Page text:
posted by tkchrist at 5:32 PM on August 1, 2005 [1 favorite]

Shorter WSWS: "We're far too serious about our politics to have any fun."

Even shorter WSWS: The tightly clenched ass of the ideologue.
posted by bjrubble at 5:36 PM on August 1, 2005

That was actually a pretty insightful review. On the far right side of the aisle, we have the fawning admiration of Cinderella Man from The National Review.
posted by deanc at 5:37 PM on August 1, 2005

Directors like Howard, while very good at providing popcorn and soda entertainment movies of the highest kind, are still not giving anything challenging to the audience.

So what?

Most people's actual lives are enough of a challenge, I don't need it from my entertainment. That's almost masochism in a weird way.
posted by jonmc at 5:50 PM on August 1, 2005


posted by jonmc at 5:52 PM on August 1, 2005

Interesting, his take on Batman Begins vs mine. I was thoroughly entertained by it, and quite enjoyed the experience. There were two bits I didn't like:the overly long 'oh woe the little boy' bits and that gawdawful car chase bullshit. Otherwise, I felt it was a well-acted, well-plotted, well-paced, and well-designed movie. The dialog was sketchy: it was mostly fluff, but had some very subtle humour both in written, voiced, and acted forms.

The only difference between this as a good movie and this as a truly great movie is almost entirely in the dialog. It's the difference between a [insert great author's name here] and a Danielle Steele or John Grisham. The latter obviously write good, or good enough, books: they are tremendously popular. But the don't write great books, books that will be read for all time.

Batman Begins was very good, and I look forward to the new franchise. This is good entertainment, quite unlike the last couple Batmans. If they release another Batman with nipples and a supernovaing Joker, I ain't seeing it. If it's a Batman that's got issues and an understated criminal menace in a Joker that gets more insane, more brightly-coloured, and more dangerous over the span of the movie, I'm in.

I want to be entertained, and if it's striking on all cylinders other than the one that speaks "classic of all time", it's a damn good movie that held my attention and kept me suspended in an alternative (fictional) reality.
posted by five fresh fish at 6:48 PM on August 1, 2005

Er... which is to say, he seemed to expect it to be a lot more of a movie than I did: he seemed to want it to simultaneously be a silly bit of fluff and a deep-meaning classic. I think that's territory held by Chaplin or the Marx Brothers, and I certainly would never expect Batman to take his place.

Now off to find what he thinks of Sisterhood of the Travelling Pants, which I also found to be quite a surprising delight. The nine year-old I took also loved it. I suspect it's going to prove to be a minor classic of a film.
posted by five fresh fish at 6:54 PM on August 1, 2005

So what?

Most people's actual lives are enough of a challenge, I don't need it from my entertainment. That's almost masochism in a weird way.

To which I would also reply, so what?

I explained I like my entertainment light a little bit further down. Hence, I find the often embarrassingly hyperbolic movie reviews of the "greatness" of movies that do "heavy" entertainment well rather annoying.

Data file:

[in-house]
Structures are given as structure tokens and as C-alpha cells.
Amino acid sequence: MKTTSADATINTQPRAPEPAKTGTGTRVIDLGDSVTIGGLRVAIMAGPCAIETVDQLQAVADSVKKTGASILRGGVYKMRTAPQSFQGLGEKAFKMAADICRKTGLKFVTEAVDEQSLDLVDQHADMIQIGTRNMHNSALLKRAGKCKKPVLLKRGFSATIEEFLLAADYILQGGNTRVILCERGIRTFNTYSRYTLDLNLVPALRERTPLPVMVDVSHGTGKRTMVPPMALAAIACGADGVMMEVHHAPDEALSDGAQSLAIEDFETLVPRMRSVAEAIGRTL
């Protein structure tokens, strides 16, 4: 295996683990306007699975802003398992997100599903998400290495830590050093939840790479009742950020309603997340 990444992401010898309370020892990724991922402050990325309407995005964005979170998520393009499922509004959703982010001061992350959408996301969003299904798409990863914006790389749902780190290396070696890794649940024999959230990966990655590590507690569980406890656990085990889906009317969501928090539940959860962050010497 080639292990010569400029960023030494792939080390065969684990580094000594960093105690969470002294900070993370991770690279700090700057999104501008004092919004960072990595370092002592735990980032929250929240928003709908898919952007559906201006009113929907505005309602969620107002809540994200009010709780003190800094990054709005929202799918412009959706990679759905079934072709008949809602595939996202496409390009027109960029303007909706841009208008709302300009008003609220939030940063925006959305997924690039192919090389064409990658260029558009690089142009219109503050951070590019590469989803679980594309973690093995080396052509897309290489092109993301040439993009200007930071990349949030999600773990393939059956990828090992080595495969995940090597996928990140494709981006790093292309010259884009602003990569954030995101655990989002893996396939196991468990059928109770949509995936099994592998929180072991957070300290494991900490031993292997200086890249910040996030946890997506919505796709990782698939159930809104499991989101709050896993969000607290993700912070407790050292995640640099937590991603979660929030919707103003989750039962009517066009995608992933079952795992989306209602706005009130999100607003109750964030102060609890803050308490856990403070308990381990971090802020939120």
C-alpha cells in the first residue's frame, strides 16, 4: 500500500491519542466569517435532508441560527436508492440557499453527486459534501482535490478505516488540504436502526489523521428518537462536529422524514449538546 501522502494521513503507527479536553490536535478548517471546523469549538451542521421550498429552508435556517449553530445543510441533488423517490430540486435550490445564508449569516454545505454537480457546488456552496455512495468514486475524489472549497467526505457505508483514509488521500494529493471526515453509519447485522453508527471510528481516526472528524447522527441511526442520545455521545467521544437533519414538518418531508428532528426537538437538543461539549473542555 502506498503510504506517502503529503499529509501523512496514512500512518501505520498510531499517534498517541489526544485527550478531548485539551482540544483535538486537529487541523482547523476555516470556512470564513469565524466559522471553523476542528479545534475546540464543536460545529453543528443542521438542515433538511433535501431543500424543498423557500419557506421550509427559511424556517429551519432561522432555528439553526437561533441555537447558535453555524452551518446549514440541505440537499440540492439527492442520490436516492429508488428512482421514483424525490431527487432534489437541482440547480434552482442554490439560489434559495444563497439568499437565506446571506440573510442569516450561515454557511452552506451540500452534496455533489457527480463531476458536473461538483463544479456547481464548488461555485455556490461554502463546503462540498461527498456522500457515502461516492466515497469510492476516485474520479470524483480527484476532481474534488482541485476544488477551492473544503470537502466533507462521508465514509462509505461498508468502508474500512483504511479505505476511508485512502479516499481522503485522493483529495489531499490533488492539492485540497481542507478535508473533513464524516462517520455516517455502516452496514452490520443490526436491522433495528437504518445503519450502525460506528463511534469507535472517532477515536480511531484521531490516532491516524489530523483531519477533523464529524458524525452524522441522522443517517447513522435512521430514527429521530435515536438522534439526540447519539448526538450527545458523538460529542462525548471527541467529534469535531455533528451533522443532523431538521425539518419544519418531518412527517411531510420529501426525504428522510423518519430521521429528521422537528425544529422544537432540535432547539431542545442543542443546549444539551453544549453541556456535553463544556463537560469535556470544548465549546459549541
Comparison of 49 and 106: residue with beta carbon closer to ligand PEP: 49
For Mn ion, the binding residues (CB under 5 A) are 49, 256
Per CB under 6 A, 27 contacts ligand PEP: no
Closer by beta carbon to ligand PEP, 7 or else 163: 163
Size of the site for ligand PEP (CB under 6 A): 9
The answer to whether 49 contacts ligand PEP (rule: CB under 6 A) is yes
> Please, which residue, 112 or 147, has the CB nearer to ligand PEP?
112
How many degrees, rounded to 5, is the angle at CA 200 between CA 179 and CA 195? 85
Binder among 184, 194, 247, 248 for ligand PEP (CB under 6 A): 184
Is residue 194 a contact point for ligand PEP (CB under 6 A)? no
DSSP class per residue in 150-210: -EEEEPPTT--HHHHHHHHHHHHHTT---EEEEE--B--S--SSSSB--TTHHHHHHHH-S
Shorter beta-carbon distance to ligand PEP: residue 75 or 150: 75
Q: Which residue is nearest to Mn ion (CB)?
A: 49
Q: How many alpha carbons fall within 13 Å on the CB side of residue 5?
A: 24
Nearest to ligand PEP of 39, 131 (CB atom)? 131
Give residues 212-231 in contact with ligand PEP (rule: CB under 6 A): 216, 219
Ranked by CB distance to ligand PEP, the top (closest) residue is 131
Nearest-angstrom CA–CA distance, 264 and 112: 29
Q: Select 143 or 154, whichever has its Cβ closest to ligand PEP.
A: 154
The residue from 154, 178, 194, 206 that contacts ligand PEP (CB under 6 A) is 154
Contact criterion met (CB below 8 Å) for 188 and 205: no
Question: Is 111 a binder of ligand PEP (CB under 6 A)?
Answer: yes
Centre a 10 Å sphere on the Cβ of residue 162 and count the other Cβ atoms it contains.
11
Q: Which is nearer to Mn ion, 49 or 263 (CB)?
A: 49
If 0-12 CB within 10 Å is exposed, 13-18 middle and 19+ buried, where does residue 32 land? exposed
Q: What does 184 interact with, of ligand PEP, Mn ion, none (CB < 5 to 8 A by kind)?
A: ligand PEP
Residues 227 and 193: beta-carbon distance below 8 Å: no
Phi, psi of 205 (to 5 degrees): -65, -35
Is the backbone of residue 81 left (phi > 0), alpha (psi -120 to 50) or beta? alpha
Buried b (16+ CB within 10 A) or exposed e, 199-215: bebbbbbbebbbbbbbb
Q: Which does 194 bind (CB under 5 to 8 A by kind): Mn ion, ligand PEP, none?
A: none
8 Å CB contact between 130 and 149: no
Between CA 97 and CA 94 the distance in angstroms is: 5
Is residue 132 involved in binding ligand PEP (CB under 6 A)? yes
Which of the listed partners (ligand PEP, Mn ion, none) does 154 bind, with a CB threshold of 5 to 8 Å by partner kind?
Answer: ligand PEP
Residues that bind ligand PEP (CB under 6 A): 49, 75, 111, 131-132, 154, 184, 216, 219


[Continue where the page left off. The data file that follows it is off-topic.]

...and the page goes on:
posted by teece at 7:11 PM on August 1, 2005

So fishy, is the "Batman Begins" Batman more like the "Dark Knight" Batman than the "Wham-Bam-Pow" Batman? Is it a logical prequel to the original Kane/Finger Batman, or is it more like a Superfriend? Are there any space aliens in it, or zombies, or polyamorous pagans? Does Batman Begins explain why Bruce Wayne would grow up to "adopt" Dick Grayson? Is there any hint of the difference between "pederasty" and "pedophilia"?

And flashboy, are you "accusing" the WSWS of Socialist Realism? Funny, I'd thought the Trots were less into that. Which reminds me: in 1980 I stomped out of an "orthodox" CPUSA/YCL workshop on "The Arts" when they tried to tell me that love poetry served the interests of the capitalist oppressors, that instead I should show the lovers working together to build socialism. I damn near had a fit. My buddy had to drag me out and buy me a beer.

It's a good thing that conference was at Columbia University (in the summer): I got to roam around the neighborhood sampling "foreign" and "exotic" foods and beers that hadn't yet made it further down I-95, where Szechuan cuisine was still considered "scary" and served in only two restaurants (both within 6 blocks of Johns Hopkins; hooray for the "bohemian petty bourgeoisie", sometimes).

But anyway. I agree, movies that heavily emphasize The Point are about as much fun as "Atlas Shrugged". And this seems as good a place as any to ask why, in "Fistful of Dollars", don't the Baxters run out the BACK of their burning house? Don't they have back doors in Leoneland?
posted by davy at 7:51 PM on August 1, 2005

I always find these "reviews by crazies" to be intresting, using a shared cultural event to explain their philosophy.
posted by delmoi at 9:38 PM on August 1, 2005

I was never a comics geek, davy, but I presume this version was much more the "Dark Knight" one. It certainly wasn't the old 50's pow-kabam type.

The rest of it is moot: it wasn't "deep" enough to merit any more than calling it entertaining. It wasn't a life lesson, it was just well-done fun. IMO, YMMV.
posted by five fresh fish at 9:50 PM on August 1, 2005